The antimalarial drug hydroxychloroquine is “a promising treatment candidate” for slowing the progression of a rare form of multiple sclerosis (MS). In a small trial, patients who received the drug were less likely to significantly worsen over a period of 18 months.


MS is a lifelong condition that affects the brain and spinal cord. It is an autoimmune disease, meaning the body is attacked by its own immune system. Patients with MS often experience problems with vision, balance and co-ordination, and walking can become difficult. The cause of MS is unknown, and there is no cure for MS. For the most common type, there are treatments that can slow the progression of the disease. In this case, the therapies can slow the worsening of disability.

However, 1 in 10 patients has a form called ‘primary progressive MS’. Unlike the most common type, there are no periods of remission and instead the symptoms gradually worsen and accumulate over time.

“With primary progressive MS, there is no good treatment to stop or reverse the progression of disease. The disability progressively worsens through time,” said Dr Marcus Koch, of the Department of Clinical Neurosciences at the University of Calgary, who led the study with Dr Wee Yong.

“Dr Yong’s research team, with whom we closely collaborate, has been screening a large number of generic drugs over several years and the results with hydroxychloroquine show some promise. Our trial is a preliminary success that needs further research. We hope sharing these results will help inspire that work, specifically larger scale clinical trials into the future.”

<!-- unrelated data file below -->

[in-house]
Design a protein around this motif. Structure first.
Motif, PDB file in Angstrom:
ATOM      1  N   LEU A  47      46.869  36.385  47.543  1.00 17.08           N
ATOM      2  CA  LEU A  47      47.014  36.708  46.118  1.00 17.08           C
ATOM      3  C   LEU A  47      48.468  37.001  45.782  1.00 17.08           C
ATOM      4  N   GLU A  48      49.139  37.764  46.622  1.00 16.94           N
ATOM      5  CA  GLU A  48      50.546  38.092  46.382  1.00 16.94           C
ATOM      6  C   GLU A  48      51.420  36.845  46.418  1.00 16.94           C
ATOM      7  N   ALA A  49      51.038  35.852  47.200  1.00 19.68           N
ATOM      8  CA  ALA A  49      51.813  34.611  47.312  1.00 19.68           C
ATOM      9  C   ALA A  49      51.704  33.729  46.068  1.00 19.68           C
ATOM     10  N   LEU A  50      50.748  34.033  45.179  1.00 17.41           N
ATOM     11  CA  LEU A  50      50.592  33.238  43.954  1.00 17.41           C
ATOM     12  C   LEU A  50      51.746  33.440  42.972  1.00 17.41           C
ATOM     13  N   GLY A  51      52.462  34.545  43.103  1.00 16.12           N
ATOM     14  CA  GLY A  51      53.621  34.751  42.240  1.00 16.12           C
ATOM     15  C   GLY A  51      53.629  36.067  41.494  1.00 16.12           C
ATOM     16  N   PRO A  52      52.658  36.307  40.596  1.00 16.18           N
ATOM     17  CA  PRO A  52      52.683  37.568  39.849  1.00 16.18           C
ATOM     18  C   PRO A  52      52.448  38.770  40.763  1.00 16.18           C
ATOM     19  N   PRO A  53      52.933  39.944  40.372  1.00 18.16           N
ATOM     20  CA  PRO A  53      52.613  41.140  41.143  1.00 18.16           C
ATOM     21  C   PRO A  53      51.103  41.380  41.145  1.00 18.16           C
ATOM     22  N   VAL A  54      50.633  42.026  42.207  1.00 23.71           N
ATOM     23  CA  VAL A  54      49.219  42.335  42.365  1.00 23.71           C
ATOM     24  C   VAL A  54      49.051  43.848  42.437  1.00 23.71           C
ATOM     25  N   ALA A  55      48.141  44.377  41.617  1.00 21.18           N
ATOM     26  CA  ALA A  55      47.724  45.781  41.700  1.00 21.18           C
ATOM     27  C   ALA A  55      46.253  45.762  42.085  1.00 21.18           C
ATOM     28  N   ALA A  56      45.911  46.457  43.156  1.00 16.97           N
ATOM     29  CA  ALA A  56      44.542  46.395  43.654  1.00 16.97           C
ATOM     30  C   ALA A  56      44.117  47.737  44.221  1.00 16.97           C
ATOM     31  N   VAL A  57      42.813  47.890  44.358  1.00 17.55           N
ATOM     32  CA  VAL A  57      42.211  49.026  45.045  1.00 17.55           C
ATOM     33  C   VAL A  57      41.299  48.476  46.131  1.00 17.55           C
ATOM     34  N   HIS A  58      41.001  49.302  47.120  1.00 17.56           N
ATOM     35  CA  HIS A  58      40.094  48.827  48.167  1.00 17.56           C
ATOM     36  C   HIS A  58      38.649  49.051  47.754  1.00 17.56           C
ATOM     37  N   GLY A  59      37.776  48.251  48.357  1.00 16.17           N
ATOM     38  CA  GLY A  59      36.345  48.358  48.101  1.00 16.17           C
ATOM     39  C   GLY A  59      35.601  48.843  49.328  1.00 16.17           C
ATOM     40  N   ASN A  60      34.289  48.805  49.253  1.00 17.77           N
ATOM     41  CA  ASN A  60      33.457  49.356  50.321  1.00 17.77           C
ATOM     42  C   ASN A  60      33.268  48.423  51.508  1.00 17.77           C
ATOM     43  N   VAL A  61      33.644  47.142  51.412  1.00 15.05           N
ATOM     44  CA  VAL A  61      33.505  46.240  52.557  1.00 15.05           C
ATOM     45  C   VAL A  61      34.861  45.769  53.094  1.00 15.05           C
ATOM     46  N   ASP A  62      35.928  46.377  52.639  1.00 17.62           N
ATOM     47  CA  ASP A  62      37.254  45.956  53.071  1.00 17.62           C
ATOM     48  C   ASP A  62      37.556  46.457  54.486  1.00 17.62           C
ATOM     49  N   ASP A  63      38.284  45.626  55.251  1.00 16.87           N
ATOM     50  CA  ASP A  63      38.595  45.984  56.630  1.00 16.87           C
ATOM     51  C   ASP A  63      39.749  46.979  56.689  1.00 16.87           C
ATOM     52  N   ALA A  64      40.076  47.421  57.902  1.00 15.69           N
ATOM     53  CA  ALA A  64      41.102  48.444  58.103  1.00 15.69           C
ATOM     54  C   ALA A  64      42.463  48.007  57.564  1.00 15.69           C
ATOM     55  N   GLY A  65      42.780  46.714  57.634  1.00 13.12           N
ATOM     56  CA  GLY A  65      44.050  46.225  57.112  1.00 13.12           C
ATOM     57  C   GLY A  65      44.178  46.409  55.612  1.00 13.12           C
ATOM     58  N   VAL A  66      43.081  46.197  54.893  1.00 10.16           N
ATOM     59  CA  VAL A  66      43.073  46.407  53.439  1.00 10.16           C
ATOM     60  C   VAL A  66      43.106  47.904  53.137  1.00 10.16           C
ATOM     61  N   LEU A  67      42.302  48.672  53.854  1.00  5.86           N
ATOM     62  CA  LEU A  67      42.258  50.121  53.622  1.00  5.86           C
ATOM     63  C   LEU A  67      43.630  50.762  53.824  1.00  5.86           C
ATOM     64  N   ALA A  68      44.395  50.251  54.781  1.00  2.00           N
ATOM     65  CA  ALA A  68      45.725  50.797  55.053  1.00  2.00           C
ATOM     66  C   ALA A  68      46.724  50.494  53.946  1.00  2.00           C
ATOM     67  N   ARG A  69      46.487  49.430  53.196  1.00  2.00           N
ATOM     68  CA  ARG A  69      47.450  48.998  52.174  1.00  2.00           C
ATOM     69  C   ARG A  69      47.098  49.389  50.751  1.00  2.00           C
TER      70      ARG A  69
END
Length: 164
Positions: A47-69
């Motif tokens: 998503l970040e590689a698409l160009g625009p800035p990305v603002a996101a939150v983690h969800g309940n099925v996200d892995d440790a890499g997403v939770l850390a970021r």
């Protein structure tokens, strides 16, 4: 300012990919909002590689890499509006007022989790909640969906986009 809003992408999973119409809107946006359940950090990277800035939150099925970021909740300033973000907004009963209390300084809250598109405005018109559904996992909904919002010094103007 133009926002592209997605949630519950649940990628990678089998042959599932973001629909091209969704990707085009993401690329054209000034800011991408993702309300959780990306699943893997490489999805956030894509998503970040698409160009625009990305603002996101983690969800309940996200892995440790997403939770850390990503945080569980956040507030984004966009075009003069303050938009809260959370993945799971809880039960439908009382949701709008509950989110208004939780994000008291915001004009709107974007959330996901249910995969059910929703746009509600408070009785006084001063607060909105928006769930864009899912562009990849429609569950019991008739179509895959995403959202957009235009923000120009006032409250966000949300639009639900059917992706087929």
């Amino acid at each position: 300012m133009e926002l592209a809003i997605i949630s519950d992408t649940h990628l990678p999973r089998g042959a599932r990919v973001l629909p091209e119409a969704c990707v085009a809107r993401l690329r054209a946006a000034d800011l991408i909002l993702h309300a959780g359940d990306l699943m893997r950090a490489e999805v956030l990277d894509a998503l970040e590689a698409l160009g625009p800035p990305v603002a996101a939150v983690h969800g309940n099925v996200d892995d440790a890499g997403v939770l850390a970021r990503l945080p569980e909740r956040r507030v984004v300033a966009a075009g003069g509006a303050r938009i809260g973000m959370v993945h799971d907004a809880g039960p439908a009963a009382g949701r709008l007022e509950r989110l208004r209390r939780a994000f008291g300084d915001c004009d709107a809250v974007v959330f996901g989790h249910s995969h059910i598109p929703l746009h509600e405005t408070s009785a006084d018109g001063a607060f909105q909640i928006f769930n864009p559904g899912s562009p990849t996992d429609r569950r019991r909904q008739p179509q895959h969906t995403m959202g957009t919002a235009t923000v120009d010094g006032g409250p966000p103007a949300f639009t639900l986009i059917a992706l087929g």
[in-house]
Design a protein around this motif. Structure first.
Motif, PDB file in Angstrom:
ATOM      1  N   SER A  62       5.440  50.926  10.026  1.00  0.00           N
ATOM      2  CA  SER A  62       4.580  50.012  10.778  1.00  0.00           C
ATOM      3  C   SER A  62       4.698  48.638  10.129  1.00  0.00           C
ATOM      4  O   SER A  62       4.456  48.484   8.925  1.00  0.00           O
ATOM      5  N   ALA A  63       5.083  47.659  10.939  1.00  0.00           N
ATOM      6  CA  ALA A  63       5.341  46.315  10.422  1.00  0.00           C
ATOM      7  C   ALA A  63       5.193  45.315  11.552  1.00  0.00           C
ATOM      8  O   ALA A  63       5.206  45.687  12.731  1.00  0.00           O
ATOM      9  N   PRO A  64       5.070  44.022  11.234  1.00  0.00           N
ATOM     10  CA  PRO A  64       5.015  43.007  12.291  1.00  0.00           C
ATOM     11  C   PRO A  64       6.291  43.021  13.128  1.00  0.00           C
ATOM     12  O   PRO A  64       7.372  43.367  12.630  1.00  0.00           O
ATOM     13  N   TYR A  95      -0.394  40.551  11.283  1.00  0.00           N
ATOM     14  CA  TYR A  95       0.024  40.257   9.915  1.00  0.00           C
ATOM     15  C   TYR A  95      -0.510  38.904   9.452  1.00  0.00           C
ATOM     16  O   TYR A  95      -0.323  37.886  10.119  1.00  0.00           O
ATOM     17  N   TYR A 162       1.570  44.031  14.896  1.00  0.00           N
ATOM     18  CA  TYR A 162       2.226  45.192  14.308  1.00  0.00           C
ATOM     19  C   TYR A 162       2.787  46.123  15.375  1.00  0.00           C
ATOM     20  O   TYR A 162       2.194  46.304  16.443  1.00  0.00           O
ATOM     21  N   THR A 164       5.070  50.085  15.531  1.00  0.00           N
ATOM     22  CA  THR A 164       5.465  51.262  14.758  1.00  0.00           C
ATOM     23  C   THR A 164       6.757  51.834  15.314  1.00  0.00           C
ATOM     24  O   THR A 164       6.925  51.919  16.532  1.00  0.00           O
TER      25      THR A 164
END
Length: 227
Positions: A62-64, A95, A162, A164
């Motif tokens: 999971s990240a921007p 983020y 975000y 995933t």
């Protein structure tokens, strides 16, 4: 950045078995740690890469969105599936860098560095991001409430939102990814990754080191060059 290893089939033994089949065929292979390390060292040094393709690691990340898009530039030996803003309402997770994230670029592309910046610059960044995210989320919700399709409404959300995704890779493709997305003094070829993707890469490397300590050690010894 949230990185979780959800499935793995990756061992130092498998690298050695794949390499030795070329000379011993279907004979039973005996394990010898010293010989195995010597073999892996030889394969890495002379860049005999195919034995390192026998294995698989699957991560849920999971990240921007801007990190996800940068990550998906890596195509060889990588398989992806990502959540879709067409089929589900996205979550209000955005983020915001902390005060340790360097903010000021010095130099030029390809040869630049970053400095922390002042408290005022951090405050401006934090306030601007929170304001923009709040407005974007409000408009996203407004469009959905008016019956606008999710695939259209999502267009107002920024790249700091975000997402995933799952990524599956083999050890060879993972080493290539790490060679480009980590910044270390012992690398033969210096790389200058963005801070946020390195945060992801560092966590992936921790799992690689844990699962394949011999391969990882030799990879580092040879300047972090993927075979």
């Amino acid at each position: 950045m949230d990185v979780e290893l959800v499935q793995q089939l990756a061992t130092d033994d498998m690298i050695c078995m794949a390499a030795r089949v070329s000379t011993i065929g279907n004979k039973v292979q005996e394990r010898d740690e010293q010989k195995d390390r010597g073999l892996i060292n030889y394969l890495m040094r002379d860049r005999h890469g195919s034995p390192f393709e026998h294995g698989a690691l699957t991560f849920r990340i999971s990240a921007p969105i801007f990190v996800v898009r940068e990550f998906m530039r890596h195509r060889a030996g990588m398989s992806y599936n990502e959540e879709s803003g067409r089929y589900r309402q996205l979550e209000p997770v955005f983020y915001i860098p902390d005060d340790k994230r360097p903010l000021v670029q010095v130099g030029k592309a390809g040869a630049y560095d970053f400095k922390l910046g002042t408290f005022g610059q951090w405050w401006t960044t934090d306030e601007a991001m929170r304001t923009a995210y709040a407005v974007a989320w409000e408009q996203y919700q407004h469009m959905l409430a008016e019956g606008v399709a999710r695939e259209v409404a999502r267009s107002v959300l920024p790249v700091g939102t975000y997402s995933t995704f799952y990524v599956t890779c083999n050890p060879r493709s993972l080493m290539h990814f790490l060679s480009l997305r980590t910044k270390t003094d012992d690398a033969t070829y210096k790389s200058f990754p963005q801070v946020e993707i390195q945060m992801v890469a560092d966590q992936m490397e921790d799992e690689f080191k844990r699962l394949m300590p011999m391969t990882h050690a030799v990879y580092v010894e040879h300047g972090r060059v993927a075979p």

The researchers followed 35 patients over a period of 18 months between November 2016 and June 2018, and prescribed them two doses of hydroxychloroquine a day. After six and 18 months, they timed how long it took the patients to walk 25 feet (7.6m). They expected at least 40 per cent of the patients to worsen significantly over the time, based on ongoing trial data, but in fact only eight did.

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Hydroxychloroquine gained fame in 2020 as a potential treatment for COVID-19, with US President Donald Trump saying he took it to ward off the virus despite warnings that doing so may be unsafe. A recent paper, which has not been peer-reviewed, found no evidence that the drug is an effective treatment for COVID-19.

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Sara RigbyOnline staff writer, BBC Science Focus

Sara is the online staff writer at BBC Science Focus. She has an MPhys in mathematical physics and loves all things space, dinosaurs and dogs.